systemctl --user enable ~/.config/systemd/user/ssh-agent.service
systemctl --user start ssh-agent

Guard keepass with ~/ssh-agent.properties (source):


source ~/ssh-agent.properties && keepass

You'll have to change the command wherever it's being called (e.g. update the path in your menu editor)

Windows

mendhak wrote a wonderful article about connecting KeeAgent to Cygwin/MsysGit. However, with Windows 10, I'd like to integrate with WSL. At the moment, full integration doesn't exist, but there are several solutions to get around it.

Using msys/cygwin

You can read from a msysgit (or possibly cygwin) socket via socat. Find or install socat,


which socat || sudo apt-get -y install socat

then update your .{whatever}rc file (source):


 # If MSYSGIT socket in keeagent is set as c:\Users/foo/Documents/ssh_auth_msysgit
SSH_AUTH_KEEAGENT_SOCK=/mnt/c/Users/foo/Documents/ssh_auth_msysgit
SSH_AUTH_KEEAGENT_PORT=`sed -r 's/!([0-9]*\b).*/\1/' ${SSH_AUTH_KEEAGENT_SOCK}`

 # use socket filename structure similar to ssh-agent
ssh_auth_tmpdir=`mktemp --tmpdir --directory keeagent-ssh.XXXXXXXXXX`
SSH_AUTH_SOCK="${ssh_auth_tmpdir}/agent.$$"

socat UNIX-LISTEN:${SSH_AUTH_SOCK},mode=0600,fork,shut-down TCP:127.0.0.1:${SSH_AUTH_KEEAGENT_PORT},connect-timeout=2 2>&1 > /dev/null &

I had to modify this a bit to get it to work with my prezto setup. Placing it in my .zshrc meant it was running in every new bash.exe, so I ps | awk to find the proper SSH_AUTH_SOCK if it's already running.


 # Attempt to find the current process
SSH_AUTH_SOCK=$(ps -C socat -o command | awk '{ match($2, /\/tmp.*keeagent[^,]*/, a) }END{ print a[0] }')
 # Check if variable is empty
if [[ -z $SSH_AUTH_SOCK ]]; then
    # Clean all old tmp files
    rm -rf /tmp/user/keeagent*
    # If msys doesn't work, try cyg
    SSH_AUTH_KEEAGENT_SOCK=/mnt/c/Users/path/to/msyslock
    SSH_AUTH_KEEAGENT_PORT=`sed -r 's/!([0-9]*\b).*/\1/' ${SSH_AUTH_KEEAGENT_SOCK}`

    # use socket filename structure similar to ssh-agent
    ssh_auth_tmpdir=`mktemp --tmpdir --directory keeagent-ssh.XXXXXXXXXX`
    SSH_AUTH_SOCK="${ssh_auth_tmpdir}/agent.$$"

    socat UNIX-LISTEN:${SSH_AUTH_SOCK},mode=0600,fork,shut-down TCP:127.0.0.1:${SSH_AUTH_KEEAGENT_PORT},connect-timeout=2 2>&1 > /dev/null &
fi
export SSH_AUTH_SOCK=$SSH_AUTH_SOCK

Breakdown of the initial command:

  • ps -C socat -o command
    • -C socat searches the COMMAND column for socat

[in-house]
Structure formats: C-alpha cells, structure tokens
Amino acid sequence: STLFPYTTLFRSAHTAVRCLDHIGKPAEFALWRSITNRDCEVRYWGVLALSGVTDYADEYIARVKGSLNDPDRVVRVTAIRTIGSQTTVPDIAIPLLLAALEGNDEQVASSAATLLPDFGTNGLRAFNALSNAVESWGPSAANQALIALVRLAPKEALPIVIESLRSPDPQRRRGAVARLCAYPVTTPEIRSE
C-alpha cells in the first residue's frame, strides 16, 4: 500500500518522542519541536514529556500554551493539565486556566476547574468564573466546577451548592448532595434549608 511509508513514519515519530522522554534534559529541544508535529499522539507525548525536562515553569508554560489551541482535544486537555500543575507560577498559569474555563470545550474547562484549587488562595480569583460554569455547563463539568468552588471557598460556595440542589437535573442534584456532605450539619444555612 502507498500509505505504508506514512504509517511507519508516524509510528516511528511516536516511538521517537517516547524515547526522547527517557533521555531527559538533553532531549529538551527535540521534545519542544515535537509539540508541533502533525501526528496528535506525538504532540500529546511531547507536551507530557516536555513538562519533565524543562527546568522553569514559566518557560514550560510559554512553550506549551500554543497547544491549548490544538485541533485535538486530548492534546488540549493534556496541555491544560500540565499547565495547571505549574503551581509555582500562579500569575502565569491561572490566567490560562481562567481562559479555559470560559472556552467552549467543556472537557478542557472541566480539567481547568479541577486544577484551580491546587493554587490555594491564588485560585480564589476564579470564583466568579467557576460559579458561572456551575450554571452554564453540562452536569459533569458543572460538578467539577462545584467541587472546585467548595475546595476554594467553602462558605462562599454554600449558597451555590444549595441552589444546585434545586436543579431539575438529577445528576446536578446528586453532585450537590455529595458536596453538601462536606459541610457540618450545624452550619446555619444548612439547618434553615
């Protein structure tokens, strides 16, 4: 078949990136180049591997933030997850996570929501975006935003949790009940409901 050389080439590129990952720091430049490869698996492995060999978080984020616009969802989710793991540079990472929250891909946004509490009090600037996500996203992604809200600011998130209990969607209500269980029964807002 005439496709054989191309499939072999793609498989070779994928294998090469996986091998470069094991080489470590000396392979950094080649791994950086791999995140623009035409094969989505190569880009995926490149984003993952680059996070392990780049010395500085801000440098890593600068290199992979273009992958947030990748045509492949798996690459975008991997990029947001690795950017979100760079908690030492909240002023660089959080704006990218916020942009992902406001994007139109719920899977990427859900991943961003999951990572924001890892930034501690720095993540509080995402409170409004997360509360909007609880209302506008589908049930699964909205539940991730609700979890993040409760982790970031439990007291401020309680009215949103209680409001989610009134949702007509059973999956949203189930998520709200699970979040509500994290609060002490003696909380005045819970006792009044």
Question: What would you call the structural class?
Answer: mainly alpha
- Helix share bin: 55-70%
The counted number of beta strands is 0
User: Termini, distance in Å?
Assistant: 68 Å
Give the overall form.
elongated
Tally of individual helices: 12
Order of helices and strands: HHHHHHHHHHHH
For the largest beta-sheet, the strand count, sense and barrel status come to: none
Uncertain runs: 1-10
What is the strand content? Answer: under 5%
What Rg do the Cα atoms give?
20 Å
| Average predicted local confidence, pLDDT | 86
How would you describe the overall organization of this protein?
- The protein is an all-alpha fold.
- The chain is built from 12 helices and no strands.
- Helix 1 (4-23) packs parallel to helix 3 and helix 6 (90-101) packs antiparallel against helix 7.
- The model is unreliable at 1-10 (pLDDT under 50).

• -o command returns only the COMMAND column
  • awk '{ match($2, /\/tmp.*keeagent[^,]*/, a) }END{ print a[0] }':
    • match($2, /\/tmp.*keeagent[^,]*/, a) searches the second column (see the space between socat and UNIX?) for a /tmp path containing keeagent and stores it in a.
    • print a[0] sends off the matched string, if any.

Using python

With python you can directly convert the socket (gist | fork with additional features) instead of using socat. I haven't tried this, but it seems pretty solid. I might eventually run it in a VM at work.

KeePass Auto-Type

If you, for whatever reason, aren't forwarding/can't forward your agent, KeePass is still insanely useful. I use for server-specific users whose config I don't want to leave the server (if it doesn't leave the server, I know it's insecure when I see it in the wild). I make a template per user and reference things everywhere. Here's a breakdown of a sample user:

keepass-add-entry

I'm abusing URL as hostname, and the password is actually the key's passphrase.

keepass-add-advanced

I include a string field for each of the CLI options (sure, specifying options and a config file is overkill, but you get the point).

keepass-add-auto-type

ssh -i {S:SSH Key Path} -F {S:SSH Config File} -p {S:SSH Port} {USERNAME}@{URL}{ENTER}{DELAY 1000}{PASSWORD}{ENTER}

This is where the magic happens. I've beefed up the autotype to include all of the variables. I could actually use URL:Port instead of a custom variable, but I like having a custom variable because I can create a default template with port 22 and not worry about always appending :22 to the URL.

CJ Harries

I did a thing once. Change "blog." to "cj@" and you've got my email. All these opinions are mine and might not be shared by clients or employers.